Utah is full of wonder and also offers a beautiful view of the Salt Lake Valley. See Broadway shows at the Eccles Theater.

Park City, home to the Sundance Film Festival, offers a classic mountain resort town experience

just a half hour away from Salt Lake City. Utah’s Olympic Park in Park City houses one of only

our sliding tracks in North America, six Nordic ski jumps, a 2002 Winter Games museum, and a multitude of adventure activities.

Utah’s national parks are each unique, and there are incredible views, visitas, towns, and state parks near each one. Explore the regions surrounding each park to maximize your experience.

Remember to visit responsibly. Get tips at visitutah.com/forever



(Image courtesy of https://www.visitutah.com/?utm_source=google&utm_medium=cpc&utm_campaign=statewide&utm_content=visitutahbrandedterms&gclsrc=aw.ds&ds_rl=1290210&ds_rl=1285031 )


4. How has did the Utah tourism office shift its efforts during the pandemic?


Along with most other travel and tourism boards around the world, the Utah Office of Tourism’s

planned campaigns were put on hold in early March 2020 while the world seeked solutions to the coronavirus pandemic. Rather than have our marketing efforts go completely dark with the. onset of COVID, the UOT, alongside key partners including Struck and Love Communications, quickly developed a strategic plan defined and guided by key measured indicators that outlinedthe path for all communications for the UOT across their paid media, social, public relations,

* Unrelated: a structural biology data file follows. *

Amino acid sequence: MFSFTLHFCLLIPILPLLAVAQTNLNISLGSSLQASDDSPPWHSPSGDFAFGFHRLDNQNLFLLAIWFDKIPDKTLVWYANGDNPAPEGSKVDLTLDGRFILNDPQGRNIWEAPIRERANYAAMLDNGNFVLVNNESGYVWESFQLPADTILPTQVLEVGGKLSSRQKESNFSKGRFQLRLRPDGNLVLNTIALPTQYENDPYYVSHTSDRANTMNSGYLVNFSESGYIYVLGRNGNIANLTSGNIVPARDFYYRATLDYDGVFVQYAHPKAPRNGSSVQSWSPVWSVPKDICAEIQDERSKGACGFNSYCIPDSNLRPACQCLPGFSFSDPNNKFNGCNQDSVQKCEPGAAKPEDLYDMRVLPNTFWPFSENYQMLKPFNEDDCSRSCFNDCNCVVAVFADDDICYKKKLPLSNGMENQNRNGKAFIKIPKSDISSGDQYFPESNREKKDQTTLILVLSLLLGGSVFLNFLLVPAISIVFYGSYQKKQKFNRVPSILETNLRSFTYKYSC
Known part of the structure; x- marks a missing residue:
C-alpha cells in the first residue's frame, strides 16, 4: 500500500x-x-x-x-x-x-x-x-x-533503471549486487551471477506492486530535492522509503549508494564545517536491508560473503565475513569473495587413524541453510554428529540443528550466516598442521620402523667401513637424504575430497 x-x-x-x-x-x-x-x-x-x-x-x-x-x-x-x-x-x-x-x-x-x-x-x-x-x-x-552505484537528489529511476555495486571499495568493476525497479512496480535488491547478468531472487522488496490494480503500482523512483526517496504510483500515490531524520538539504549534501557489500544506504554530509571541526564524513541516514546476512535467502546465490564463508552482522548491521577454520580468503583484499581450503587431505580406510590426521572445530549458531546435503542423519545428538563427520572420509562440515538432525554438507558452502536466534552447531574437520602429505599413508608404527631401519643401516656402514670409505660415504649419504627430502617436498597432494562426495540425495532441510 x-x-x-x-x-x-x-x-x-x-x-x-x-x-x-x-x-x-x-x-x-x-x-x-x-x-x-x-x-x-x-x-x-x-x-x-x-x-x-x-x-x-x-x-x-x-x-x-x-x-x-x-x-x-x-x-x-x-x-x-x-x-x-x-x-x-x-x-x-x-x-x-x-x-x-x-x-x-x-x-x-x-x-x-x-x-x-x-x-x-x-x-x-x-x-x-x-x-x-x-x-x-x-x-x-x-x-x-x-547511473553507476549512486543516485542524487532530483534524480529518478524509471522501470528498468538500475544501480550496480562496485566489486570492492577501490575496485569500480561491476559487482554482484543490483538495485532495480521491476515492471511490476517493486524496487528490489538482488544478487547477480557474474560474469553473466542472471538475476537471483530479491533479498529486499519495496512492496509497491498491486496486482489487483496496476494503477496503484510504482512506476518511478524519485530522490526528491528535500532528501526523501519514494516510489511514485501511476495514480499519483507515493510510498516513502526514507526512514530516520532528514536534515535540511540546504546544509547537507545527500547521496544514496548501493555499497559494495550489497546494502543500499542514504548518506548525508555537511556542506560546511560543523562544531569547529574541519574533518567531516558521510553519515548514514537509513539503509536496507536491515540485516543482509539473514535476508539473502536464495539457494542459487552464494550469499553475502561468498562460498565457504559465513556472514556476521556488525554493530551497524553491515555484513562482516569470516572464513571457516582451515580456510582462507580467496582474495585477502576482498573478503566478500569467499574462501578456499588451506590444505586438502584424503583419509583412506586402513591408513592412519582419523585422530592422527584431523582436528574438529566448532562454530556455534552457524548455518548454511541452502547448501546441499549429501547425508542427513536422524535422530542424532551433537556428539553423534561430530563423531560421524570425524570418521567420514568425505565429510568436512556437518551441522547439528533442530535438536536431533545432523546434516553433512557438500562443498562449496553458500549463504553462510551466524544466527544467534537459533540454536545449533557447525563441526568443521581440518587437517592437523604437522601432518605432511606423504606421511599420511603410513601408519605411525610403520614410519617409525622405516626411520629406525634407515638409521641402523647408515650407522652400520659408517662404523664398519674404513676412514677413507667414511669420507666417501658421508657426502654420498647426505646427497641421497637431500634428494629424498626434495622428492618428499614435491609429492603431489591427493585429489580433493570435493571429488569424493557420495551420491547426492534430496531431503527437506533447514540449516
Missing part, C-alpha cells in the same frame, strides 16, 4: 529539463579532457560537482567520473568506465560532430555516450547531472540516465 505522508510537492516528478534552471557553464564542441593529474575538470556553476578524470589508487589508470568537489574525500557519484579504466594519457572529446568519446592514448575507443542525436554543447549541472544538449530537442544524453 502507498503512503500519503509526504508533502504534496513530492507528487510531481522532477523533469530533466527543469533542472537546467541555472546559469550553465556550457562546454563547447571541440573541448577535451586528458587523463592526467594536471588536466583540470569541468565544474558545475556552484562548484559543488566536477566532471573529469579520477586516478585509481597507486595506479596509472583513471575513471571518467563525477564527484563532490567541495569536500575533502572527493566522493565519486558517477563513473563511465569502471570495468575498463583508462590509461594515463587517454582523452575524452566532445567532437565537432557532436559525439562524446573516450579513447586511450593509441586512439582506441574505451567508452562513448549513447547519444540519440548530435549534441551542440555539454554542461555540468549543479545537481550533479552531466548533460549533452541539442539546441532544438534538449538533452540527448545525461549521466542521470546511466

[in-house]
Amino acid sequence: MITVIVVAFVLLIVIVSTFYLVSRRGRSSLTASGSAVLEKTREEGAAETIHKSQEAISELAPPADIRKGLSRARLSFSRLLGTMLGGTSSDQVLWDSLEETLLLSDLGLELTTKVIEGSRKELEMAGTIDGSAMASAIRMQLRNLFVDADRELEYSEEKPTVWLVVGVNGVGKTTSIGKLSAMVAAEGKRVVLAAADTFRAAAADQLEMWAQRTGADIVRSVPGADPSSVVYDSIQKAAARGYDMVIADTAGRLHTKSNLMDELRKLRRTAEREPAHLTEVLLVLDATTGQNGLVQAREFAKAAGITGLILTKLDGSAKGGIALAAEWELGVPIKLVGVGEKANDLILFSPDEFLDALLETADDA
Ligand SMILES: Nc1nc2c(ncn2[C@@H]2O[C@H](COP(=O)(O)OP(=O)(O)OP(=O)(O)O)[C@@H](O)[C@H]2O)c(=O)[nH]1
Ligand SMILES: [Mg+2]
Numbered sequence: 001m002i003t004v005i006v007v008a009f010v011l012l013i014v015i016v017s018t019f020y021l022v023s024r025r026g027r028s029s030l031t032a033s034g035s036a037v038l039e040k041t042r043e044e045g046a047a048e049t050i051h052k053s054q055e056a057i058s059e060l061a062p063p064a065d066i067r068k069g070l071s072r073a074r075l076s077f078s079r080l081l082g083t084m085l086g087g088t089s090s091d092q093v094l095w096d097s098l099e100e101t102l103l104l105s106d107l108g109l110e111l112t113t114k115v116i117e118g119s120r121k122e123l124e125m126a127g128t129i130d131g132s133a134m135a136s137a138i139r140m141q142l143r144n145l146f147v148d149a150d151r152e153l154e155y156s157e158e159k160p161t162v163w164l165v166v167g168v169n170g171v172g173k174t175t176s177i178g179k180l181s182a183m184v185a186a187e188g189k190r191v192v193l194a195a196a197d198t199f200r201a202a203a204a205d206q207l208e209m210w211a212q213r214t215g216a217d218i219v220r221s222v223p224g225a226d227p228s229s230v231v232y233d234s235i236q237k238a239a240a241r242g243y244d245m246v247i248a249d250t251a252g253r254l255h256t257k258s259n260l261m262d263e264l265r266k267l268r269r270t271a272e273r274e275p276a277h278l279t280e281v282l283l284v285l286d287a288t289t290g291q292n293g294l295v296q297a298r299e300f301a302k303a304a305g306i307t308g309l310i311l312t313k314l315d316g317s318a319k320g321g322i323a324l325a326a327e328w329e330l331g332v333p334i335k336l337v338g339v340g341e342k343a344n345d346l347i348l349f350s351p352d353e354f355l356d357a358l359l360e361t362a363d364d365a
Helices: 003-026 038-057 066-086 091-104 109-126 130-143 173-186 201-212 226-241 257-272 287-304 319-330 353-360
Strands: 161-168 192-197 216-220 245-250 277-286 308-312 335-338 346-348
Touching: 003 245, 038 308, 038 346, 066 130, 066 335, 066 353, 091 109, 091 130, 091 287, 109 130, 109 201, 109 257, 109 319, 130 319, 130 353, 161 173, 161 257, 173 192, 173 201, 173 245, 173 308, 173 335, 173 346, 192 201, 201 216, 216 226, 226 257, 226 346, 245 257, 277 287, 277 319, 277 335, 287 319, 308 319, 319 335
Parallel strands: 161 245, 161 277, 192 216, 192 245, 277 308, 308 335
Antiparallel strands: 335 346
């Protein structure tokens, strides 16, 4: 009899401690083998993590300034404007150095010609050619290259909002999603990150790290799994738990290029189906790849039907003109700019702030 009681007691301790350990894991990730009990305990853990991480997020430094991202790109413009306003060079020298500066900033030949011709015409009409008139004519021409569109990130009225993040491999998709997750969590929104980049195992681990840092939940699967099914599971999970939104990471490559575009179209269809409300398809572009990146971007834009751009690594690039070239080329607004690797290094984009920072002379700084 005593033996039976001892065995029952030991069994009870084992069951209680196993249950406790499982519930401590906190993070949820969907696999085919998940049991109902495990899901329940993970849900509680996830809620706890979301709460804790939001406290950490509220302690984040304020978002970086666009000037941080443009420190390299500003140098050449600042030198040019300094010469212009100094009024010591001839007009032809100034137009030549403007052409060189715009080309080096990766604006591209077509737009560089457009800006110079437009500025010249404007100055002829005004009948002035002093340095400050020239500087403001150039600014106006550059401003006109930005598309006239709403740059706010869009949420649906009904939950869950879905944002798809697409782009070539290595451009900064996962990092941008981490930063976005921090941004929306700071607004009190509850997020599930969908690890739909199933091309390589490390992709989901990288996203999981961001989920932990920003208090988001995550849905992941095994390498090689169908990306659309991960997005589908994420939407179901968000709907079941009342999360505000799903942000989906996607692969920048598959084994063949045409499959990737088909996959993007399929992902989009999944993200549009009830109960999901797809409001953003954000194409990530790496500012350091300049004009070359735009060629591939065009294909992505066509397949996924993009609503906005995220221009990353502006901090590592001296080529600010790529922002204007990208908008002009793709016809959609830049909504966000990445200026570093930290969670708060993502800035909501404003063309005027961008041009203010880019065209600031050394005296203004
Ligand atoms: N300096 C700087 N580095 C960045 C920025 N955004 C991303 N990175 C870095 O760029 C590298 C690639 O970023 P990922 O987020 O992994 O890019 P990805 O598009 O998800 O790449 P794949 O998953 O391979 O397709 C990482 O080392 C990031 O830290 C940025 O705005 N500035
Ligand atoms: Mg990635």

community management, and website content platforms. In addition to promoting safe, well-prepared visitation, our Small but Mighty campaign worked to mitigate the economic loss for the tourism industry in Utah and set up the destination for a strong recovery when the time

was right.


(gif courtesy of wix.com)




5. What is the future of tourism in Utah?


Over the years, we have evolved from only focusing on marketing to now also working on destination management and development. The Red Emerald Strategy is an internal guiding document to help us — The Utah Office of Tourism — prioritize our promotional and product

development efforts toward creating Utah travel experiences that are rarefied, distinctive, unique to Utah and highly coveted. The principles in the Red Emerald Strategy focus on attracting quality visitation, which means shaping traveler itineraries to promote longer stays, increased spending, dispersed visitation throughout the state and deeper engagement with local communities. This strategy also champions a community-led vision for tourism development.





(gif courtesy of wix.com)



Thank you so much David and the rest of the Utah Tourism team. I can't wait to visit this beautiful state once people get their vaccines!

Me on my first day of graduate school

Rachel Huss